Skincare products utilise synthetically engineered derivatives of Retinoic Acid known as Retinoids. Retinoids are able to regulate cellular behavior and increase cell turnover, which means they can increase the shedding of dead skin cells. This shedding process produces new, healthy skin faster.
I have also found research that states that Retinoids correct pigmentation related issues by sloughing off brown spots and curbing melanin development. I haven’t found this to be the case for my skin.
What are the forms of Vitamin A?
This is the acid form of Vitamin A. It is the active form used directly by the cells in the human body, i.e. this is the only form of Vitamin A the human body can use.
When the skin absorbs other forms of Vitamin A, the body must convert it into this active form.
It is by far the strongest form of Vitamin A. But it is only available by prescription.
It not only prevents ageing but also corrects pre-existing photo ageing damage.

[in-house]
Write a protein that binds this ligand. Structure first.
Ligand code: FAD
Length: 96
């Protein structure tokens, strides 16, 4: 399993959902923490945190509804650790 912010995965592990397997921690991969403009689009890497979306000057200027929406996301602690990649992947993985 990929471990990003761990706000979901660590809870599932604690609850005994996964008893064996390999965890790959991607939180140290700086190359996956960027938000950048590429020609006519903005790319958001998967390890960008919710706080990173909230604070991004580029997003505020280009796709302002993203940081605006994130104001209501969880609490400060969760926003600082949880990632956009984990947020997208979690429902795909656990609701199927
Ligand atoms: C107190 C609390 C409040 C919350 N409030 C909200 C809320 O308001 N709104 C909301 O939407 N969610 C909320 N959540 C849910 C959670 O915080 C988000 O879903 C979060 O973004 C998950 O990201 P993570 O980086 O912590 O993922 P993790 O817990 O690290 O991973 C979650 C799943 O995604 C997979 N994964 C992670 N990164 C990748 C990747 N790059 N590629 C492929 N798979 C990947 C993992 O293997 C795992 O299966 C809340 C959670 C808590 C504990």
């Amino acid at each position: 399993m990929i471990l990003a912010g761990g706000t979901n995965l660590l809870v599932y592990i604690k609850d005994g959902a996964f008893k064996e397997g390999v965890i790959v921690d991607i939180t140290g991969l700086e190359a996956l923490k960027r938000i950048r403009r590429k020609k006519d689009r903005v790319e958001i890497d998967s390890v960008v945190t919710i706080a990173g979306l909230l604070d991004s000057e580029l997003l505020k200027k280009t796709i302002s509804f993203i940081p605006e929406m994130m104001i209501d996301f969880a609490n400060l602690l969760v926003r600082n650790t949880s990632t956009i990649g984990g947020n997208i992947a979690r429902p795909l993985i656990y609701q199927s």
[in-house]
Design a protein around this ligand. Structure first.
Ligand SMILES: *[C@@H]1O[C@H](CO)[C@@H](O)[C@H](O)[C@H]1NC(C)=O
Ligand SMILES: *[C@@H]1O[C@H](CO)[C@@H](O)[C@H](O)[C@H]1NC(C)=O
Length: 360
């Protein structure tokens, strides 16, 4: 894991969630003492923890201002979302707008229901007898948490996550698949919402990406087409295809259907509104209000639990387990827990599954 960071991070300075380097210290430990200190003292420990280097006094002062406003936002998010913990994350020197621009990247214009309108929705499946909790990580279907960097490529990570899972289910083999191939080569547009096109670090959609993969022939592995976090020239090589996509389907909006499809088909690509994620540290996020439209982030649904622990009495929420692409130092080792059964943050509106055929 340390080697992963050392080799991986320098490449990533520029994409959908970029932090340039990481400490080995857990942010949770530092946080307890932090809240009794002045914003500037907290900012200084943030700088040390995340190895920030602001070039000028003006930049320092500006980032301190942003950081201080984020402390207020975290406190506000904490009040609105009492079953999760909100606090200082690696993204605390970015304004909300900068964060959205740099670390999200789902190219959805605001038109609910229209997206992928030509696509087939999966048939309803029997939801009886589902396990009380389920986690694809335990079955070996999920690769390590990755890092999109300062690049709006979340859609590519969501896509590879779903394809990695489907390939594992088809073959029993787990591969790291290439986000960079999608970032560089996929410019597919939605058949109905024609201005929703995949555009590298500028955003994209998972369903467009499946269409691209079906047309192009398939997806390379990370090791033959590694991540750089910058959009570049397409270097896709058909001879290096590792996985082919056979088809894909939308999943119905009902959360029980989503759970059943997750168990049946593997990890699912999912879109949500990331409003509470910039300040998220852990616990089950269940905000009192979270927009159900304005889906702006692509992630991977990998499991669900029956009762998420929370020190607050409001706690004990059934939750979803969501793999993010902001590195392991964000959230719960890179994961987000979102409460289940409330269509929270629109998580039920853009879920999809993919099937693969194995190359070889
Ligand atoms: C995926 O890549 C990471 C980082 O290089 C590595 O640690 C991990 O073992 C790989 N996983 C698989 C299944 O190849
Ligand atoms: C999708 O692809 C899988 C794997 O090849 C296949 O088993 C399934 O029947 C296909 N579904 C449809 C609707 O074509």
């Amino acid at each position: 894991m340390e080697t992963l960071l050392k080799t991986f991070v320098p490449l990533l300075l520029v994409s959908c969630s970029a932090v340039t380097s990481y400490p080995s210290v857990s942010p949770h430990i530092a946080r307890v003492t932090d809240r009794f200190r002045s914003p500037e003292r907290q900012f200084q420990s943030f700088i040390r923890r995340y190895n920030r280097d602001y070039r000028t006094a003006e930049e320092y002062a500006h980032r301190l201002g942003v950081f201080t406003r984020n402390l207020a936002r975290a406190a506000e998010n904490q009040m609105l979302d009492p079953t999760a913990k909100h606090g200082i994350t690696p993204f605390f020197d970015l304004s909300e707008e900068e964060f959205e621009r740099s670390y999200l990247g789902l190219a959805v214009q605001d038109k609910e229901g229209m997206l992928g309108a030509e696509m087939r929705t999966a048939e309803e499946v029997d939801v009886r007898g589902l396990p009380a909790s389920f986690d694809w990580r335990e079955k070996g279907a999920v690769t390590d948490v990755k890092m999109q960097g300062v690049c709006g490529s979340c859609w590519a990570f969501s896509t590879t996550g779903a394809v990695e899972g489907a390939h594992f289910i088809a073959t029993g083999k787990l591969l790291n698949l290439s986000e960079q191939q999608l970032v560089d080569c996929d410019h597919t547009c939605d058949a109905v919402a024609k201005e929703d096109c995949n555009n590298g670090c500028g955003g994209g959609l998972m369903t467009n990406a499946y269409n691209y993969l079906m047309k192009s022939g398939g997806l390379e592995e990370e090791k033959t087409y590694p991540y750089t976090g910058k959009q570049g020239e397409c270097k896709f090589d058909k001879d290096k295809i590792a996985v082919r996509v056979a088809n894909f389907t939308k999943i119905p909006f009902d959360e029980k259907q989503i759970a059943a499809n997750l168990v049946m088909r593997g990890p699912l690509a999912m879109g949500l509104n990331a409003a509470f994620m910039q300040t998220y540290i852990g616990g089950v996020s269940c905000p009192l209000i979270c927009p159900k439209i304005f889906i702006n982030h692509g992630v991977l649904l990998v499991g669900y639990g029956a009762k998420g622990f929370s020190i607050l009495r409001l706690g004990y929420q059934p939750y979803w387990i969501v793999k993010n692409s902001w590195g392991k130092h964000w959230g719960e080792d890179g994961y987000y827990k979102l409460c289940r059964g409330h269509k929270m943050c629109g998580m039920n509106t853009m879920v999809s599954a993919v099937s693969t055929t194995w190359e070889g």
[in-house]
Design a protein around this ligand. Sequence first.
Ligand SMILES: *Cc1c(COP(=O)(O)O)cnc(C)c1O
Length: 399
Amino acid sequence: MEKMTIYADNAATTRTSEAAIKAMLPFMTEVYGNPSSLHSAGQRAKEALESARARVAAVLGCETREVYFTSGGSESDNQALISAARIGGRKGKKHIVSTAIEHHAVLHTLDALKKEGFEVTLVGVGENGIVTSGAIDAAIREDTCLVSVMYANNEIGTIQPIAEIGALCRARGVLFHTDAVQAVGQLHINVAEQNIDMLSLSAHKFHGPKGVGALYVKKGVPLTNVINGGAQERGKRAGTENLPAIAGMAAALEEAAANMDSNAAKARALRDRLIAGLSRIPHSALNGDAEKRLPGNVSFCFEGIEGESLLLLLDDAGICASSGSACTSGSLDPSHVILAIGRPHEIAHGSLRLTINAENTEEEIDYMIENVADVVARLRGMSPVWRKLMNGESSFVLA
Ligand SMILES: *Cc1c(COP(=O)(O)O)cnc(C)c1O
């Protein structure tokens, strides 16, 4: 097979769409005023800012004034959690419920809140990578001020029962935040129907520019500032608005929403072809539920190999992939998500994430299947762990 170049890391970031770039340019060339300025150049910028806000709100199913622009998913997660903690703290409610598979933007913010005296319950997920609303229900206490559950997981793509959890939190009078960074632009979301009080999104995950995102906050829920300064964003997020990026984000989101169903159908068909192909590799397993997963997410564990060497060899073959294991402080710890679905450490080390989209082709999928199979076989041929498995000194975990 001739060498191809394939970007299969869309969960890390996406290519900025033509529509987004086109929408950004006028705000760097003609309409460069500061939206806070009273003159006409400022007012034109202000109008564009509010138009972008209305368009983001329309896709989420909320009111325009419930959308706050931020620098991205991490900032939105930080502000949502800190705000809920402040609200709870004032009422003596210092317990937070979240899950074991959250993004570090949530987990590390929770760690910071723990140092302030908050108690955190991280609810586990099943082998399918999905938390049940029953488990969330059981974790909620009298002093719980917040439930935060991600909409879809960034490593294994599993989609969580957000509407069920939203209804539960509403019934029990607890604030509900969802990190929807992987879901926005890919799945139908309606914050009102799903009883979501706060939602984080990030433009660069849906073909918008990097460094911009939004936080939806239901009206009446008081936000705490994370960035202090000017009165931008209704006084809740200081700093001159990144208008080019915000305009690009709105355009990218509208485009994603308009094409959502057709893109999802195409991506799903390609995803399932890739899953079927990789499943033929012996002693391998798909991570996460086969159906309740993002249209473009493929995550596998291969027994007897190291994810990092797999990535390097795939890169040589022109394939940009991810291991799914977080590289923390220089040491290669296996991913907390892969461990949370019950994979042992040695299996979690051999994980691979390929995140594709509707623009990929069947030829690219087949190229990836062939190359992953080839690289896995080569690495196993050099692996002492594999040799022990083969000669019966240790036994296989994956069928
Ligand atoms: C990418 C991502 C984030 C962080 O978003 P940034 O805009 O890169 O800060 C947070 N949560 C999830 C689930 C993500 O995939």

Because it is acidic, it is the most irritating form of Vitamin A and can cause redness, peeling, flaking, irritation, dryness, and sun sensitivity.
This is the alcohol form of Vitamin A; it has been shown by several scientific studies to have the same effects as Retinoic Acid but without the same level of irritation.
Retinol is both an antioxidant and a cell-communicator, in its role of cell communicator, it tells other cells to produce new skin cells, which increases cell turnover, and this exfoliates the skin in the process. It also stimulates the production of elastin, which increases skin thickness.